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The Trend of Single Page, Scrolling Websites

Single page, scrolling websites are popping up everywhere. You’ve probably seen a few too … they are basically websites where all of the content is included in the code of a single web page and as you navigate, you simply move the page up and down and left and right. Many single page websites are visually very interesting and often contain full screen video backgrounds and fluid transitions between screens. They have been a trend throughout 2014 and one we’ll probably see more of in 2015 and perhaps beyond.

I’ll start off saying that I’m not a big fan of single page websites. While I do find them visually interesting and, as a designer, I immensely enjoy new and innovating design trends, I think that single page websites take too much of the control away from the end user and simply do not have enough content to fully engage me.  The lack of real content on most single page websites makes them little more than advertisements in my view … when I’m online, I’m looking for information and single page websites are just too lacking in that department.

Now, that doesn’t mean I don’t think there is ever a reason for building single page websites … there most certainly are situations where single page websites can work… and probably work well.

Why Build a Single Page Website?

There are some benefits to page-less websites, other than just the ‘wow’ factor of implementing new trend which, in and of itself should not be completely dismissed! Page-less design tends to grab the attention of users, and, in a digital world crammed full of competition, that’s a very good thing. While the design of page-less websites is often overly simple, it’s also often much more modern and captivating in that it often fills the screen, includes video and/or animated transitions, and engages with the end user through navigation and fluid movements.

Single page web design also offers a more uniform design throughout the site (or should I say, throughout the page). Some proponents also argue that users stay engaged longer on a single page website and that bounce rates are lower and conversions are higher. They are also easier to maintain (they’re much smaller, after all!), and, depending on the level of the content and “story” development needed, are usually easier to build. Overall, single page web designs seem to work well for story telling, branding, landing pages, or for companies with a single product or service to sell.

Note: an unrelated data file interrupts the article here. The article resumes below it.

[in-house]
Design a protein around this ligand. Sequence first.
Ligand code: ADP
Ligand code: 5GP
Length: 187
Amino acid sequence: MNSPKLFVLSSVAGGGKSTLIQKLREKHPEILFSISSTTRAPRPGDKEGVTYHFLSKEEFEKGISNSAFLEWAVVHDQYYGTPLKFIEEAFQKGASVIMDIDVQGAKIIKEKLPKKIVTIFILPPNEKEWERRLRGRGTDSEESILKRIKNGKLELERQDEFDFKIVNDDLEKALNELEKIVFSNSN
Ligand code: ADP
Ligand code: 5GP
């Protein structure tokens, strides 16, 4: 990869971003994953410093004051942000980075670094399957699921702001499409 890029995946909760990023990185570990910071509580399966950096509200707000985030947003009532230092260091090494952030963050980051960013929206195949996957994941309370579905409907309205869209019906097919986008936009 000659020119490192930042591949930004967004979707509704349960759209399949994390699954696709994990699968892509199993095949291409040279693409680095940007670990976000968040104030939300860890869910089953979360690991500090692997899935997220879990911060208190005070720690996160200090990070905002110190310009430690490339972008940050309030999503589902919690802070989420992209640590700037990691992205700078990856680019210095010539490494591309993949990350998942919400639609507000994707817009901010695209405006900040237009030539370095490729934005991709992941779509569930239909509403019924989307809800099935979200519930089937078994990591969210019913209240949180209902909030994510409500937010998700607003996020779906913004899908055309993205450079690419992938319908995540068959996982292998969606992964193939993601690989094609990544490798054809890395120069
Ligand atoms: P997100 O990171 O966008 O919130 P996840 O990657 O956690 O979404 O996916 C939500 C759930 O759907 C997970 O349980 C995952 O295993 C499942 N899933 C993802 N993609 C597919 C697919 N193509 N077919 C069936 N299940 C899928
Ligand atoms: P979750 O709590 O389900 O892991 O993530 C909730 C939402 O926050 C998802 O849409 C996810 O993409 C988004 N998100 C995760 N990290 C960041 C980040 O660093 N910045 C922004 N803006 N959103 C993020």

The Downsides to Single Page Websites

While page-less websites may have traditional websites beat in visual design and with the “wow” factor, they are often sorely lacking in content and real substance. Yes, single page websites can tell a short story and set a mood, but it’s difficult to incorporate much of any detail into single page sites. It also seems likely that single page websites will be difficult to obtain high search engine rankings.  After all, search engines determine what a website is about based on the content on the site — without much content, it seems likely that a single page website will be very difficult to obtain high rankings in search engines.

So, Are Single Page Websites a Bad Idea for Business Websites?

Well, that depends. If a website needs to tell a simple story or to set a mood visually, a single page website might work for you. Also, if a website would benefit from a modern “landing page” type approach, or if it needs to convey a high tech, edgy image and does not need to be heavy on content, then a single page website could certainly enhance your company and your brand. Finally, if you don’t need for your website to rank well in search engines (after all, some companies operate on a “referral” basis and do not necessarily have a goal to “be found” on search engines), then a single page website may be exactly what you need.

On the other hand, if you have a lot of valuable content that you would like to make available to your customers in order to promote your company, your services, and your products and if you want and need to be found in search engines, you’ll more than likely need something more substantial than a single page website!

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